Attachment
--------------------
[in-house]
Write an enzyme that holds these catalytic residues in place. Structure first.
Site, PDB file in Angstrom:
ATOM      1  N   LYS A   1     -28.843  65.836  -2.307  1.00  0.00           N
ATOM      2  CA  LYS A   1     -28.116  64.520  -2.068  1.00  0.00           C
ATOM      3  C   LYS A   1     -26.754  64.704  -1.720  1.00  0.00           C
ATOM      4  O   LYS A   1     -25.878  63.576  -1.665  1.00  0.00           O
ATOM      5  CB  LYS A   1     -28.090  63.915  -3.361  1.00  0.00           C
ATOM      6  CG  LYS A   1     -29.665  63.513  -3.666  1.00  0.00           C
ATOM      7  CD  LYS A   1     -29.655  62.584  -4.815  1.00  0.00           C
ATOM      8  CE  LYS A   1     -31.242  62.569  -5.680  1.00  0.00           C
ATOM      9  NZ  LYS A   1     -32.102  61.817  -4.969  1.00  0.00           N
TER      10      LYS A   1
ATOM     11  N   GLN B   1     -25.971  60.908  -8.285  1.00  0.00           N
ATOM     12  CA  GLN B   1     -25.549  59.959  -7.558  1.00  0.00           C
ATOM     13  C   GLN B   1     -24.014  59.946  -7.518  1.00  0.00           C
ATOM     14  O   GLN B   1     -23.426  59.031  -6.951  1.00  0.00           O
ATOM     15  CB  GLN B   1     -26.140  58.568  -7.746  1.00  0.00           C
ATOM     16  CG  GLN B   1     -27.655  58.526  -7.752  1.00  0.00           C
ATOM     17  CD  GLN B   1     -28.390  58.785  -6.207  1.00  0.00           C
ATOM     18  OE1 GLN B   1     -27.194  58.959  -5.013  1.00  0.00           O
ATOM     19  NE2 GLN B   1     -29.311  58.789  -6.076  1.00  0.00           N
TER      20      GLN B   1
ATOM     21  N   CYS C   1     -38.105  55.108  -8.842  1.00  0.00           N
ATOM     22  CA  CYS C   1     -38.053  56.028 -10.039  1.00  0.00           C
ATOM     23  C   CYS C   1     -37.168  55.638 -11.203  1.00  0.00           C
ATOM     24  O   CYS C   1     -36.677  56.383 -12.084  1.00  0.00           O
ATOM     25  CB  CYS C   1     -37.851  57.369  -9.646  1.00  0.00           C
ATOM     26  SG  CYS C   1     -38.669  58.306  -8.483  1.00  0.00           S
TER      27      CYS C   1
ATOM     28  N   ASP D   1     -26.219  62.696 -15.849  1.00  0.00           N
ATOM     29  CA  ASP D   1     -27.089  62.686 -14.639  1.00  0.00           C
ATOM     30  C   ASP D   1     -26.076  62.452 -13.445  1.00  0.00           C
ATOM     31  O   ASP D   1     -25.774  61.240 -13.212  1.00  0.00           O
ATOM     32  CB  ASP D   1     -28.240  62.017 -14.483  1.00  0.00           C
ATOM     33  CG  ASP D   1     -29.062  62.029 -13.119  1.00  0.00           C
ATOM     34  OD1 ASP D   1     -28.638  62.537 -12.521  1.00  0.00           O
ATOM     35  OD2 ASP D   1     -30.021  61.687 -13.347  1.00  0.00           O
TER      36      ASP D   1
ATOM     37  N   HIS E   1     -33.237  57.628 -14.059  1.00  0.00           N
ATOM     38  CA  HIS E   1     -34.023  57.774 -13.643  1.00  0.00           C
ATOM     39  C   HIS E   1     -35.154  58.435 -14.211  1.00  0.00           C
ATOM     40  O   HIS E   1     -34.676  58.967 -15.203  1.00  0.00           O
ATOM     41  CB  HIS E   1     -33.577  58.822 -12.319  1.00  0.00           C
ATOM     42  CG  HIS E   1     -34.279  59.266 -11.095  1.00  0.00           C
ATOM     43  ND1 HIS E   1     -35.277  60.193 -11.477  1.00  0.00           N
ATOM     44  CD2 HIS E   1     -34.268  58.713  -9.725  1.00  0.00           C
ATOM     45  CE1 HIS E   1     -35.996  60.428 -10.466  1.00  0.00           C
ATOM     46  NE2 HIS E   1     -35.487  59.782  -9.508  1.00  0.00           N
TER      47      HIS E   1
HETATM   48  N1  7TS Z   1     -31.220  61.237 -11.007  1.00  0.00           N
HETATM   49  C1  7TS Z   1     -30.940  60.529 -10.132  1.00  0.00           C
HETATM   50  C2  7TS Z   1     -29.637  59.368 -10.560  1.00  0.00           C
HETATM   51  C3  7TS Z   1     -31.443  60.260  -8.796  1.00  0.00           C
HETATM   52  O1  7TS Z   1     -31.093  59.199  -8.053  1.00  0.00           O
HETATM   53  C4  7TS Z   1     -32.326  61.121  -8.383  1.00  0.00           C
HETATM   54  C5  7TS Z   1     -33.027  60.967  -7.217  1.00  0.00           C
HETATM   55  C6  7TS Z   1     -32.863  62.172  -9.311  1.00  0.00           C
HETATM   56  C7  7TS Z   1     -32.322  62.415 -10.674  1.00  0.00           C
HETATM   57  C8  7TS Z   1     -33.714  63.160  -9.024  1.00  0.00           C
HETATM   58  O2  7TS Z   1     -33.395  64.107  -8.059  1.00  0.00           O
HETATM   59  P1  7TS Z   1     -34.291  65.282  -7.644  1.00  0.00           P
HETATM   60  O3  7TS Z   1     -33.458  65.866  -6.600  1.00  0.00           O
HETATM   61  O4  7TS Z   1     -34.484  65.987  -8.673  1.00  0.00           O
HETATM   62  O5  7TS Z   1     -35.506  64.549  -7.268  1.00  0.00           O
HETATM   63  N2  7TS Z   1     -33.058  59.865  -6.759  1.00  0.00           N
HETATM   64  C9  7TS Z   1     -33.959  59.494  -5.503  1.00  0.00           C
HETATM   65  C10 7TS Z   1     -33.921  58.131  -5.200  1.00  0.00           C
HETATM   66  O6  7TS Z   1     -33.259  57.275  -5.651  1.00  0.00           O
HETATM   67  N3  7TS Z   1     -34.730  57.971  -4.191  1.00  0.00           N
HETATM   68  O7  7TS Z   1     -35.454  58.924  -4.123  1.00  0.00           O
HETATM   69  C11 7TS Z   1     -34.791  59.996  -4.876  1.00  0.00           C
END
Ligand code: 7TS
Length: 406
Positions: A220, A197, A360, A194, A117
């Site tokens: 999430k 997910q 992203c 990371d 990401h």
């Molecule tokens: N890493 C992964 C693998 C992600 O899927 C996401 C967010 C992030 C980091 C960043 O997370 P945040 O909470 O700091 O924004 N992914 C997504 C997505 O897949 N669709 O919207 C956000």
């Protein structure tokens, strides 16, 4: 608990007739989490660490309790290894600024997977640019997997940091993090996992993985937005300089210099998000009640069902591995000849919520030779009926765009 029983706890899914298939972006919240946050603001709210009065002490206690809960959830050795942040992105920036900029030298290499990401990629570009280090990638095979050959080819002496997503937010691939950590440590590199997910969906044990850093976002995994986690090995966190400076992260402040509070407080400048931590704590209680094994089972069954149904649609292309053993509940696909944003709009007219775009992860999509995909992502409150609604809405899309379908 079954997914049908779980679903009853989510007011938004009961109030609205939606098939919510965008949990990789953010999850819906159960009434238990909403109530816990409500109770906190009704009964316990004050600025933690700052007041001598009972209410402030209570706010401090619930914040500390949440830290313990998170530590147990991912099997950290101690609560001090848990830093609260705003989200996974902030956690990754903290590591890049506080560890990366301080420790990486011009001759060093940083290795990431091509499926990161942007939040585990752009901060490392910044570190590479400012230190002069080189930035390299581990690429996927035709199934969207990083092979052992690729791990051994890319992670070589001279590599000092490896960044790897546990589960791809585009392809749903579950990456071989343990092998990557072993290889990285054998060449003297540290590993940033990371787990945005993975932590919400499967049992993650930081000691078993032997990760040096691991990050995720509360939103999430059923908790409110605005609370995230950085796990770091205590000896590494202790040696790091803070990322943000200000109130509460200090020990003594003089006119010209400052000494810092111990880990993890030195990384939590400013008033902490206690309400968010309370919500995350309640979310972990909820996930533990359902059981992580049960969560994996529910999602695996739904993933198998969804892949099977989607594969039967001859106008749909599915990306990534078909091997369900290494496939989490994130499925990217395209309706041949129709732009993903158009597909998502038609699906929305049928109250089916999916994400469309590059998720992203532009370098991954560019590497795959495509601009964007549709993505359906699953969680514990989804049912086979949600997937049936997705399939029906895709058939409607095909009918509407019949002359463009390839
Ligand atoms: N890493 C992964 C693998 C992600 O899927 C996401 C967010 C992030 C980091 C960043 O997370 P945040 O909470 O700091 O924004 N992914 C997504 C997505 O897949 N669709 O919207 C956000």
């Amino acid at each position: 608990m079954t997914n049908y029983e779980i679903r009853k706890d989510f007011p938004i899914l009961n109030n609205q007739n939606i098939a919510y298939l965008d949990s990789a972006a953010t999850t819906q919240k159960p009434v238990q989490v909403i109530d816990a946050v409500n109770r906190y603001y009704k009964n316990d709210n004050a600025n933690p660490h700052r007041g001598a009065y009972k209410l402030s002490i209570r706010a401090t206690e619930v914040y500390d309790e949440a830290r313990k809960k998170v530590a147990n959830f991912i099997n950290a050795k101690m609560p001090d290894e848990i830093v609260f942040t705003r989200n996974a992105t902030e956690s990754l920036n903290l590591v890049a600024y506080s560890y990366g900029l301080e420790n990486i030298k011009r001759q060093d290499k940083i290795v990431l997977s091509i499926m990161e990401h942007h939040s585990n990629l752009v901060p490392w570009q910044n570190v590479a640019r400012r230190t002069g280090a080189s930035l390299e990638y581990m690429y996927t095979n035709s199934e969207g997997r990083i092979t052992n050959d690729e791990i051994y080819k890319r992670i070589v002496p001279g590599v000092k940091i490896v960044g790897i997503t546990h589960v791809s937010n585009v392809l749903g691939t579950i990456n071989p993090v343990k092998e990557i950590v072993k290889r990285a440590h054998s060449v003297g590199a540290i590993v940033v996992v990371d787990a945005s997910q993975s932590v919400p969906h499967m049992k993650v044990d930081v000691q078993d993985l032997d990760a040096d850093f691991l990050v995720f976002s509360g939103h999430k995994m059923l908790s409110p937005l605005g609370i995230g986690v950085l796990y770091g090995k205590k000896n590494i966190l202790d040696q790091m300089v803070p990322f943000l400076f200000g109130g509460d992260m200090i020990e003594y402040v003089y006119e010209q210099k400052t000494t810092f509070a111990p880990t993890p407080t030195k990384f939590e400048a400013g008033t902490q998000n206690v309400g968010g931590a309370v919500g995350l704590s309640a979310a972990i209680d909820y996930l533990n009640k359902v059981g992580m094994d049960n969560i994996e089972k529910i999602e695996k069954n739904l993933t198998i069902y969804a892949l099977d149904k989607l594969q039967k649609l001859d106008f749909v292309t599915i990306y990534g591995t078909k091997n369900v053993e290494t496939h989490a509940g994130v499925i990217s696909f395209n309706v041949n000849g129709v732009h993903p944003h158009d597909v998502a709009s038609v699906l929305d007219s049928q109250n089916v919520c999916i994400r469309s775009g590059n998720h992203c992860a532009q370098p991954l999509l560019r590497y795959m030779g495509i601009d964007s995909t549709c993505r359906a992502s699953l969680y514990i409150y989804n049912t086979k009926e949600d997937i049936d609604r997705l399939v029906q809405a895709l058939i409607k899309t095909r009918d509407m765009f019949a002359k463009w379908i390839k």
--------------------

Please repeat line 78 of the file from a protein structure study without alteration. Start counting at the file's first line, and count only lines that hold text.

């Molecule tokens: N890493 C992964 C693998 C992600 O899927 C996401 C967010 C992030 C980091 C960043 O997370 P945040 O909470 O700091 O924004 N992914 C997504 C997505 O897949 N669709 O919207 C956000």